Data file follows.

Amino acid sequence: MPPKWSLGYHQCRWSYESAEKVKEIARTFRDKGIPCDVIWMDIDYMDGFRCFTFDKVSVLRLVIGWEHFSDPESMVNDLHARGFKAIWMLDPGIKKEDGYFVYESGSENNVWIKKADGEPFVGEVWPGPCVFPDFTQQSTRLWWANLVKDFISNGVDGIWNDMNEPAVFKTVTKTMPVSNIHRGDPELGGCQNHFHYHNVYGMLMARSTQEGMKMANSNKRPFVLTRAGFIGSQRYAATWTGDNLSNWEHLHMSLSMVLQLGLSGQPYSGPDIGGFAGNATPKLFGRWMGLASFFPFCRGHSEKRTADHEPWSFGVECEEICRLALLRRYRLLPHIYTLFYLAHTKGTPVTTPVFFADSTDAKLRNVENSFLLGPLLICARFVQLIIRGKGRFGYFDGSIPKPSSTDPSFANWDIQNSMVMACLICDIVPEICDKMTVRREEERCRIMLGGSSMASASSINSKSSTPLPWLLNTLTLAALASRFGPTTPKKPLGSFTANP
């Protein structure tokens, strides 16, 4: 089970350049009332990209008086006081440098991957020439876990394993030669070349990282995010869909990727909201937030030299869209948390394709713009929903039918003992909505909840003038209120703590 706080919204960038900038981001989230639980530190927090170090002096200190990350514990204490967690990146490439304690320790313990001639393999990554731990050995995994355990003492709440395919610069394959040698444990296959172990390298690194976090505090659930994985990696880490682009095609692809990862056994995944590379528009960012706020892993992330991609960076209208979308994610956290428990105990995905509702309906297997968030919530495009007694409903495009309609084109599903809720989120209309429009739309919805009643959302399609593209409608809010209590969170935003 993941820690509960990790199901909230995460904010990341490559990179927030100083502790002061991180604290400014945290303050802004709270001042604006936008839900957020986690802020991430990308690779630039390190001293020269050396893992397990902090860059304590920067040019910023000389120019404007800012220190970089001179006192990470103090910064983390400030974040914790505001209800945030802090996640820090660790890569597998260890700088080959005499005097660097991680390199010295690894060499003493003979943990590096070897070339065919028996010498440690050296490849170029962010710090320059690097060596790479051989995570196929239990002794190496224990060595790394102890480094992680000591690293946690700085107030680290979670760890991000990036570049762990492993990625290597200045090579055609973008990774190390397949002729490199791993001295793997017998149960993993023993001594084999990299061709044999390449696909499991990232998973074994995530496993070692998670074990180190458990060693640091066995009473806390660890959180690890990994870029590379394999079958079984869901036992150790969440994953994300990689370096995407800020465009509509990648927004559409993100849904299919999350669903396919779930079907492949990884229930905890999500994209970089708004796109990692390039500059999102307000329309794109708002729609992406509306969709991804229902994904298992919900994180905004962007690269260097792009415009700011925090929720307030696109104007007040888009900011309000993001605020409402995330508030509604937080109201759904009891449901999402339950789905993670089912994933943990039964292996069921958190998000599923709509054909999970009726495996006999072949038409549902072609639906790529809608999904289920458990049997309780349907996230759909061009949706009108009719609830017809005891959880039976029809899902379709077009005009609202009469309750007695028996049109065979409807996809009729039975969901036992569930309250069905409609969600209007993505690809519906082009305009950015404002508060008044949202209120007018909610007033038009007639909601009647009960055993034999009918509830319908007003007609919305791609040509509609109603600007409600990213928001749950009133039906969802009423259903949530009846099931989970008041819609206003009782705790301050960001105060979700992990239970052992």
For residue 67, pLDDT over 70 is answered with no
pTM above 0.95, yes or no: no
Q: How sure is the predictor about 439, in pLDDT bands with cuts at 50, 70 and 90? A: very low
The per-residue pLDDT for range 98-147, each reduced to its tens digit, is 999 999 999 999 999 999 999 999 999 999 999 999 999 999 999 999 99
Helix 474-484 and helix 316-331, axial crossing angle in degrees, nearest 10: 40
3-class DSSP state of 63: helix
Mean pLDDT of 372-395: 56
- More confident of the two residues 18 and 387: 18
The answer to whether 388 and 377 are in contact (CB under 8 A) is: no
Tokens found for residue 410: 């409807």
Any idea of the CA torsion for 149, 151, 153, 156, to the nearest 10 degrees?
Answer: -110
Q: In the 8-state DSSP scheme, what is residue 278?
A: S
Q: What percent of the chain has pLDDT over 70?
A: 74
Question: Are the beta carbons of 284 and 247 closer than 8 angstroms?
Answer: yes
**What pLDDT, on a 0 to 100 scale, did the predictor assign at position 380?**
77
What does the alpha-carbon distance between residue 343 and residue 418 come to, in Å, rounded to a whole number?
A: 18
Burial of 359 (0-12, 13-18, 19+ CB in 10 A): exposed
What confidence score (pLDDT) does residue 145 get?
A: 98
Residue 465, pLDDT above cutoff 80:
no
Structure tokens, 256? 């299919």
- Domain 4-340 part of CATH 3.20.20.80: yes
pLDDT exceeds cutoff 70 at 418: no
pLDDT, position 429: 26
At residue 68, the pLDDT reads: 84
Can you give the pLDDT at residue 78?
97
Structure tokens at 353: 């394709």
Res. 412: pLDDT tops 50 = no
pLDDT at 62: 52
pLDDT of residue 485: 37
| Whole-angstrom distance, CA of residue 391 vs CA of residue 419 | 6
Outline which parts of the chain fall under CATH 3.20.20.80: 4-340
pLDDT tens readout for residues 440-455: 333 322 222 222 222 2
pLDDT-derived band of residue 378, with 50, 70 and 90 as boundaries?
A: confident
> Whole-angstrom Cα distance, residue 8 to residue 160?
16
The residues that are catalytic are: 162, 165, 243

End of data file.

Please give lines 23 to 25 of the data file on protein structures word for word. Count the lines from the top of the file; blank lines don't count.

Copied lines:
What does the alpha-carbon distance between residue 343 and residue 418 come to, in Å, rounded to a whole number?
A: 18
Burial of 359 (0-12, 13-18, 19+ CB in 10 A): exposed